When people become aware of the fact that they are facing a conflict, they have the choice to wait and give themselves space to weigh their options. Then, they can choose to practice responding, instead of reacting.
The space between the stimulus and the response is what offers us the opportunity to reflect and hear what is occurring at that moment. This can be a short period of time, but it will open up the door to manage thoughts and life with more clarity.
Learning to respond allows us to feel more freedom, less stress and as a consequence, more happiness. We as humans have the amazing gift of reason and we must take the opportunity to practice exercising this gift.
Living our life based on "reactive" responses limits us and shows us only a partial view of what could be an extraordinary life. We need to teach children at a young age, that the space between stimulus and response is essential for a life of freedom, responsibility and happiness.
Here at Garden, this is our stamp. We live by this practice. We utilize every situation, to show the children the importance of responding rather than reacting.
We teach our students to pause, giving them space and time to see the possibilities before they respond to a conflict. We encourage our students to take responsibility and choose the best option to manage the situation. Young children will generally react first, because they are young and it is not an intuitive choice to respond, it must be taught. As I said at the beginning of this essay, it is one of the most difficult tasks for all of us as social beings.
As role models, educators, parents, and coaches, we must become aware and understand the difference between "reacting" and "responding." This is most important because it allows us to grow and find meaning in our life. It will encourage our children to naturally create a generation that will be more evolved.
"Space, the Final Frontier. To boldly go where no man has gone before." -The Captain's Oath
This month our Pre-Kindergarten classes went on a fieldtrip to Griffith Park Observatory. Connecting to our monthly theme in October, "Space," the preschoolers were treated to an amazing space exhibit, as well as, telescopes,
a Tesla coil, meteorites and a real moon rock brought back on Apollo 18.
In addition to the outer space spectacular, we watched a captivating movie called "Water of Life," featuring the Earth's four essential elements. Our students were mesmerized as we sat in plush seats viewing the film on the dome-shaped ceiling. This is the old laserium room where guests were once treated to Pink Floyd's,
"The Wall. "
The Griffith Park fieldtrip was very educational. It is a must see for everyone in Los Angeles, a fabulous view from the top of the hill, overlooking the Hollywood sign and our beautiful city
This month our students meet "Great Minds" like Neil Armstrong, Galileo and Amelia Earhart. Connecting our theme of "Space," we practiced the moonwalk, made telescopes, learned about Galileo's spyglass and made airplanes out of Popsicle sticks and pipe cleaners.
One of our "Adventure Airways" countries is Russia who has contributed so much to space exploration. We introduced cosmonaut, Yuri Gagarin, the first man in orbit and talked about the space station that Russia built. We also had a Russian puppet show and foods a Russian feast.
Our students met "Amazing Artist" Vincent Van Gogh and painted their own versions of his Starry, Starry Night
The students set their musical voices to the song, "9 Little Planets," sung to the tune of "Ten Little Indians."
9 Little Planets
1 little 2 little 3 little planets
4 little 5 little 6 little planets
7 little 8 little 9 little planets
Orbit around the sun
Mercury, Venus and the Earth
Mars, Jupiter and Saturn
Uranus, Neptune, dwarf planet Pluto
Orbit around the sun
Creating a link between science, math, language, art and social emotional development is important for whole growth learning. Helping us bridge some of these areas of education is our remarkable science teacher, Jeff Hoover, "The Sultan of Science". He brings exciting experiments and an endless amount of knowledge to our preschool and TK-1 classrooms with energy and excitement for learning about science.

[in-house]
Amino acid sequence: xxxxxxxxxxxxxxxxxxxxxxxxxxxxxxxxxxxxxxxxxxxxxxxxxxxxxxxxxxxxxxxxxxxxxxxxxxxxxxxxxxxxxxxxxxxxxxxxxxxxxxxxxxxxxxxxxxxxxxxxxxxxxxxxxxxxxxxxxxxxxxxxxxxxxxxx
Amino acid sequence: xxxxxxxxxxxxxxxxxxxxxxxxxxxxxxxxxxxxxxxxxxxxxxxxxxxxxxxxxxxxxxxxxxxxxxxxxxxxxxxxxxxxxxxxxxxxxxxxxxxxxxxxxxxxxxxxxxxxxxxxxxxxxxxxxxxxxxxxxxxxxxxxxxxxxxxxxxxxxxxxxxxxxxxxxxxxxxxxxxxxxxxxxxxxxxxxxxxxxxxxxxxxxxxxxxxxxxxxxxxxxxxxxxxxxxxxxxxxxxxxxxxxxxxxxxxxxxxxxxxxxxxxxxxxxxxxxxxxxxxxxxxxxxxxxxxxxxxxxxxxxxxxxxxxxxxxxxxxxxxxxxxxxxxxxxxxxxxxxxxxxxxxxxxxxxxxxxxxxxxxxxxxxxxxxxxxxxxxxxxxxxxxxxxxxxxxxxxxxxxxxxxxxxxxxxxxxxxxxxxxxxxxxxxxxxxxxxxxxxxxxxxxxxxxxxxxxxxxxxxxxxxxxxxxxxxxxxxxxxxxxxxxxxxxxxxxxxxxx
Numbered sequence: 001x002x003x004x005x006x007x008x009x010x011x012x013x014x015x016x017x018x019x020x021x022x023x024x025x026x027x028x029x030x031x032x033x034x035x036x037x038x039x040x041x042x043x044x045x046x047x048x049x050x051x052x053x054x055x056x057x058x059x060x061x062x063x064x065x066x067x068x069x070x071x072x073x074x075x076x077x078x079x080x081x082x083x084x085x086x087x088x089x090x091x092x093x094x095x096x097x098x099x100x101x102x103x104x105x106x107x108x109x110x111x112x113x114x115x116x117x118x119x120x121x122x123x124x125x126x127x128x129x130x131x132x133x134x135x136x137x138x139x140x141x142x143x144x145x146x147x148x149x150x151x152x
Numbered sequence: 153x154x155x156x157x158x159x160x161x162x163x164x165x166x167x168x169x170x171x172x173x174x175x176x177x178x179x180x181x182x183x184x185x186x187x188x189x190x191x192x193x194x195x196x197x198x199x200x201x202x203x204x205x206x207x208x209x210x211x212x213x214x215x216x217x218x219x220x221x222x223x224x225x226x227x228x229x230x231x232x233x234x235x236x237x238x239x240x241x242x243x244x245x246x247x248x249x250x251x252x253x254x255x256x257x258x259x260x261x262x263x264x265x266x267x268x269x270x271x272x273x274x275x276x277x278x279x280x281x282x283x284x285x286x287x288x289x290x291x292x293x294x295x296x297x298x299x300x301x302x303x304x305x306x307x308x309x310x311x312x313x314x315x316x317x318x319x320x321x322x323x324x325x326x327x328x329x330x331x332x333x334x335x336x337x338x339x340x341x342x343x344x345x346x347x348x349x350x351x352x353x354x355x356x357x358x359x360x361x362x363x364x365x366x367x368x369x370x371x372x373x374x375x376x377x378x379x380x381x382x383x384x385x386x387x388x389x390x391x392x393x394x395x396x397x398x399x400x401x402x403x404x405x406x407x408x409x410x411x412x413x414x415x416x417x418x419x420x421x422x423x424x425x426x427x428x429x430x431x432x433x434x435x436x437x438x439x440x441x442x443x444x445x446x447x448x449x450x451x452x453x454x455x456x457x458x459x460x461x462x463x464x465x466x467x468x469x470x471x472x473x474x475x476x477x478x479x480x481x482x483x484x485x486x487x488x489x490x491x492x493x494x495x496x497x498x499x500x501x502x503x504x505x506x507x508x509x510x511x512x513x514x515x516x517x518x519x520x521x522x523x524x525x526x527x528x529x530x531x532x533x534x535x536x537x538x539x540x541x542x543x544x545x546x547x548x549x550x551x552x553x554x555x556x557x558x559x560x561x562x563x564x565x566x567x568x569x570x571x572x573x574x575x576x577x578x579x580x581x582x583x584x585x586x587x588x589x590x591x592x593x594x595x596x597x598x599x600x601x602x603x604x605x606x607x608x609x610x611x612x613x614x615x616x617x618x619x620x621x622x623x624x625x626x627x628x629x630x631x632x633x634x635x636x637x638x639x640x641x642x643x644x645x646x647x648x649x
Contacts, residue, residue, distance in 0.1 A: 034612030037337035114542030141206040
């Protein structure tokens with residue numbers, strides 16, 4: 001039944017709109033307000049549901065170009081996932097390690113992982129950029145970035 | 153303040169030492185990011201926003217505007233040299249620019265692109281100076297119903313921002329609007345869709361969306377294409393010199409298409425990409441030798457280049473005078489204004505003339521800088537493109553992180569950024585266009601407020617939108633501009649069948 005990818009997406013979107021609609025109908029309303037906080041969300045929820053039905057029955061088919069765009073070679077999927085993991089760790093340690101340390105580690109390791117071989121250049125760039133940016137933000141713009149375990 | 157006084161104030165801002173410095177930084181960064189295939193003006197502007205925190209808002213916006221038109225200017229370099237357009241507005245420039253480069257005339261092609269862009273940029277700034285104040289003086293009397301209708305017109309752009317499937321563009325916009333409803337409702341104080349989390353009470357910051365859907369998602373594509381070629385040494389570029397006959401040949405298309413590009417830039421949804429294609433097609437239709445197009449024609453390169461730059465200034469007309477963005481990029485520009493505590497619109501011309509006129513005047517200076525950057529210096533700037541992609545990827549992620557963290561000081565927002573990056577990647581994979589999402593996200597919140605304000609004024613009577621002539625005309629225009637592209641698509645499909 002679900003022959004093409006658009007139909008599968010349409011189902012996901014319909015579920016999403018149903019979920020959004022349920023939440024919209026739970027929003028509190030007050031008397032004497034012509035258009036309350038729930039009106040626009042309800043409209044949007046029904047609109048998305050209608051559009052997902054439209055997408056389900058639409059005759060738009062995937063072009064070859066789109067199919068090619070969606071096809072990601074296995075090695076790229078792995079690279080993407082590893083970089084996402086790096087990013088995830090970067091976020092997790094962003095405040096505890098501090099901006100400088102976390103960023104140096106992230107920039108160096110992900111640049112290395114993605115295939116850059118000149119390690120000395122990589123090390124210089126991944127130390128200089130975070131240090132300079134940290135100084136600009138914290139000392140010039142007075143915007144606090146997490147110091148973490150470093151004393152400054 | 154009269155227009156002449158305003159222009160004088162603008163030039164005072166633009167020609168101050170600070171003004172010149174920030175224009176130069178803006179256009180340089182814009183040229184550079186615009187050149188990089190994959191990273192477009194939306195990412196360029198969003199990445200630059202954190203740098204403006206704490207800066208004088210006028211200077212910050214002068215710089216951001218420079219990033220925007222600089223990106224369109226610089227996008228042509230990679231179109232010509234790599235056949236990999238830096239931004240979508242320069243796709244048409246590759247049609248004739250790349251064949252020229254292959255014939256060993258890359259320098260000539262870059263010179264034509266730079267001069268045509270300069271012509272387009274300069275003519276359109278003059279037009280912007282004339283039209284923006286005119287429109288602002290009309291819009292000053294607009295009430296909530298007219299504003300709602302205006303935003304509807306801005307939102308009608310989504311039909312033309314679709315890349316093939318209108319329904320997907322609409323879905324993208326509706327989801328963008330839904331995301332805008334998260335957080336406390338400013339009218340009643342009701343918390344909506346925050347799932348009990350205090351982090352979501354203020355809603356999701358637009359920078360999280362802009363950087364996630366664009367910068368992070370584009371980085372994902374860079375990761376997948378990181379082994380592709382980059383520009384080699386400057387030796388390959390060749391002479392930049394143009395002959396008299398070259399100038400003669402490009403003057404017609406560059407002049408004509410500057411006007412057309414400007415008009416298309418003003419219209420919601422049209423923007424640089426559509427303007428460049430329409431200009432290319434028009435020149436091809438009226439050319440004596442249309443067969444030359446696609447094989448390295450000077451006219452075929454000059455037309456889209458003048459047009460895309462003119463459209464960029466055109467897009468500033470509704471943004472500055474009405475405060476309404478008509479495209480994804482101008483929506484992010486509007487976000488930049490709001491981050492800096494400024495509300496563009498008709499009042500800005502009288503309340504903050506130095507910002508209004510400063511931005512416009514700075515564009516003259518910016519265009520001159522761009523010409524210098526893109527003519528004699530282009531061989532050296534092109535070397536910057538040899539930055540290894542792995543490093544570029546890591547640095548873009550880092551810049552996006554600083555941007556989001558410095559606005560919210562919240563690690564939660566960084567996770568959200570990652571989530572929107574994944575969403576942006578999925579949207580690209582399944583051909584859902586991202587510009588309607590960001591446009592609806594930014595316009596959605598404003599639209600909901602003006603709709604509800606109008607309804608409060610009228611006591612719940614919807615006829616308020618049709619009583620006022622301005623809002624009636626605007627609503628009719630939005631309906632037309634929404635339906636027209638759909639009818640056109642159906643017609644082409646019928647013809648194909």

Science tells us to put our theories into practice and Jeff has demonstrated many ways to do that. Our students have learned about rocks and made their own with Epsom salt, water and sand.
They also learned about meteors and asteroids, and even touched a real piece of meteorite that crashed in Arizona.
The children formed craters utilizing a bowl of flour. They dropped an orange and a grape into the powder to simulate an impact crater.
Jeff showed pictures of comets and talked about what the celestial bodies are made of.
He showed us how centrifugal force works with a demonstration and learned about gravity and magnetic energy. But the most amazing display of all was the rocket!
Jeff built a rocket out of a water bottle and added the "fuel" to make it launch about 20 ft. in the air! All of these hands-on experiments were an exciting way to explore Space.
We encourage our young minds to think about the questions Space raises and come up with their own hypothesis. Space gives us so much to think about and raises so many questions, some we can answer; some we can not.
Pre-k teacher/Assistant Director
"I love you in a place where there is no Space or Time. I love you for my life. You are a friend of mine..."
- Leon Russell
Giving children the Space to connect and learn through their friendships is the most important learning tool. The values that children gain from these precious moments in time, will help prepare them for strong friendships in adulthood.
Garden of Angels has created the perfect Space for learning. We are caring for the children in an environment that is open to the joys and struggles of growing up.
Space is always an option, sometimes children want more and sometimes they want less.
A child needs to be comfortable in his or her creative Space. There are no rules of what Space should look like. We each have our own vision and comfort zone. There are children who can be in a room filled with toys all over the floor and music playing loudly in the background and yet, they are able to grab a book and go into their quiet space, fully content with their surroundings.
Then there are children that need peace and quiet with no distractions, in order for them to be able to concentrate and relax. Others need to be engaged in a conversation with their friends, in order to feed their need of direct connection to Space.
Garden of Angels has a philosophy pertaining to the whole child. Space is one of the biggest lessons we support. We recognize our students' need for Space and assist them through this process, which adds to their pocket full of life tools.
Giving the children these valuable opportunities will help transform them into caring, listening, loving souls; friends who care about their environment and understand the needs of others.